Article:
In this interesting piece, the Asian Lawyer reports the lack of Koreans in Britain, and in particular, those who read law, is preventing the British law firms from opening in Seoul, despite the FTA ratification between EU and South Korea.
Freshfields still does not have sufficient Korean lawyers–he says the core group is just him and one associate. He is skeptical whether it is wise for British firms to try to fill the gap with partners who have no Korean heritage. He thinks lawyers who do not speak the language and do not know Korean culture may have a hard time forging strong relationships in the market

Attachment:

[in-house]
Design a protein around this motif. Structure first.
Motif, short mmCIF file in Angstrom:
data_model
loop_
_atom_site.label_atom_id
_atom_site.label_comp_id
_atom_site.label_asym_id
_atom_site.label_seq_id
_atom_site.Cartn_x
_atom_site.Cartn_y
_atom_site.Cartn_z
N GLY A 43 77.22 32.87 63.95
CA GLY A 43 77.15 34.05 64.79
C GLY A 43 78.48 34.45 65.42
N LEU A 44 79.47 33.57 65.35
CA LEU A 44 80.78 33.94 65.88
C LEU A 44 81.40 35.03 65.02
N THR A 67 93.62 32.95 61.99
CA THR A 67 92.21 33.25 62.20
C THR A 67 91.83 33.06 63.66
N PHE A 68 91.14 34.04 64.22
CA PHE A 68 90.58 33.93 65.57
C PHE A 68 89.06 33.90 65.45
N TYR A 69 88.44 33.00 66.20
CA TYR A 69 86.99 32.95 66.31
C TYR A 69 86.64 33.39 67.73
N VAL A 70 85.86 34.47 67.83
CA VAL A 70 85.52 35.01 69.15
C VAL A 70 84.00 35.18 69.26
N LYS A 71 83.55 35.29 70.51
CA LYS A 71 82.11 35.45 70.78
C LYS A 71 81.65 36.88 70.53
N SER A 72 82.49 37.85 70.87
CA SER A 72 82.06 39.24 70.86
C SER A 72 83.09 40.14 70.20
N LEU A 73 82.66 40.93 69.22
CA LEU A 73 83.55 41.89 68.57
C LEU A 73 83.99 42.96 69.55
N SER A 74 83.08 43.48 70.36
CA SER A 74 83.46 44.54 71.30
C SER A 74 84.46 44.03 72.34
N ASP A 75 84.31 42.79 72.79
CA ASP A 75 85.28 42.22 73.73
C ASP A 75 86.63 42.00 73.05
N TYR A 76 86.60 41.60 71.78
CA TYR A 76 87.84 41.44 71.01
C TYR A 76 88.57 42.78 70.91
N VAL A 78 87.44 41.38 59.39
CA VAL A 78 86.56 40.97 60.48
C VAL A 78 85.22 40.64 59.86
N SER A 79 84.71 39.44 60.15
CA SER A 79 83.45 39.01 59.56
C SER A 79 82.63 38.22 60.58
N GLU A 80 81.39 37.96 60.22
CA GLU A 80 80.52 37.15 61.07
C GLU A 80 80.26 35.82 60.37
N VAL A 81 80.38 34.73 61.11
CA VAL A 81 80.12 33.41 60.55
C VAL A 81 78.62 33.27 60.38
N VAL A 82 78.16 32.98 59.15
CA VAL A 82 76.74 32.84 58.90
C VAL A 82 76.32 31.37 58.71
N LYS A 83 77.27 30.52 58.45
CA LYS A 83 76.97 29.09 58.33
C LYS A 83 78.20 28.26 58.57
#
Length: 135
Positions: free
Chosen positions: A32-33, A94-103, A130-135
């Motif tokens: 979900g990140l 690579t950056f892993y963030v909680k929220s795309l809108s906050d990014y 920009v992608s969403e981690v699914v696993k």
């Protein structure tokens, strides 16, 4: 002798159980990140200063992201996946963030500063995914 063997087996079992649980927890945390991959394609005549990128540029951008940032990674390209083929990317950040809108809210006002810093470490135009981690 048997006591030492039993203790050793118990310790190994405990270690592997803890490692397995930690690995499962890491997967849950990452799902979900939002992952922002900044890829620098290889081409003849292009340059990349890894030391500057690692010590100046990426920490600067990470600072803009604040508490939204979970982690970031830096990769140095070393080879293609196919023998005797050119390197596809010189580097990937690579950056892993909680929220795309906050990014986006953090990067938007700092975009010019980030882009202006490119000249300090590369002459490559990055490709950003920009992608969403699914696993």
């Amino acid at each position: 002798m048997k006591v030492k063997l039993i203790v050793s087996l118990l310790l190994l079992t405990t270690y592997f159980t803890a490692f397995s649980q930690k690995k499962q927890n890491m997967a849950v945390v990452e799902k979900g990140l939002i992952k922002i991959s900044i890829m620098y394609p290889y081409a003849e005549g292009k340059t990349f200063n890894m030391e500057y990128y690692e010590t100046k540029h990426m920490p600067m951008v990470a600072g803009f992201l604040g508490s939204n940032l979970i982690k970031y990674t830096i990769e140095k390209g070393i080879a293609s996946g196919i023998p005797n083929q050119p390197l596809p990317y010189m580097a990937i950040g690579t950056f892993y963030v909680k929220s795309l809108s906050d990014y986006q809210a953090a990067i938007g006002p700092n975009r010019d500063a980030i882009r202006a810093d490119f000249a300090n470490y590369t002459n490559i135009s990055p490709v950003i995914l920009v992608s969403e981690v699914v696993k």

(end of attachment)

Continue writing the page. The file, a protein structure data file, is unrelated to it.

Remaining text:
I can think of so many comments.
“Koreans just tend to want to study in the U.S. rather than in the U.K.,” he says. “It might be because the ‘American dream’ thing strikes a chord with young Koreans.”
The real, major reason is that traditionally countries like Britain just was not an immigration destination in the same sense, most of the Korean population comprises of 주재원 Jujaewon families (those who are sent by the company on a 3-5 year post) and some rich students, some of whom chose to stay behind.
Anyway, congratulations for those who did become the sought-after.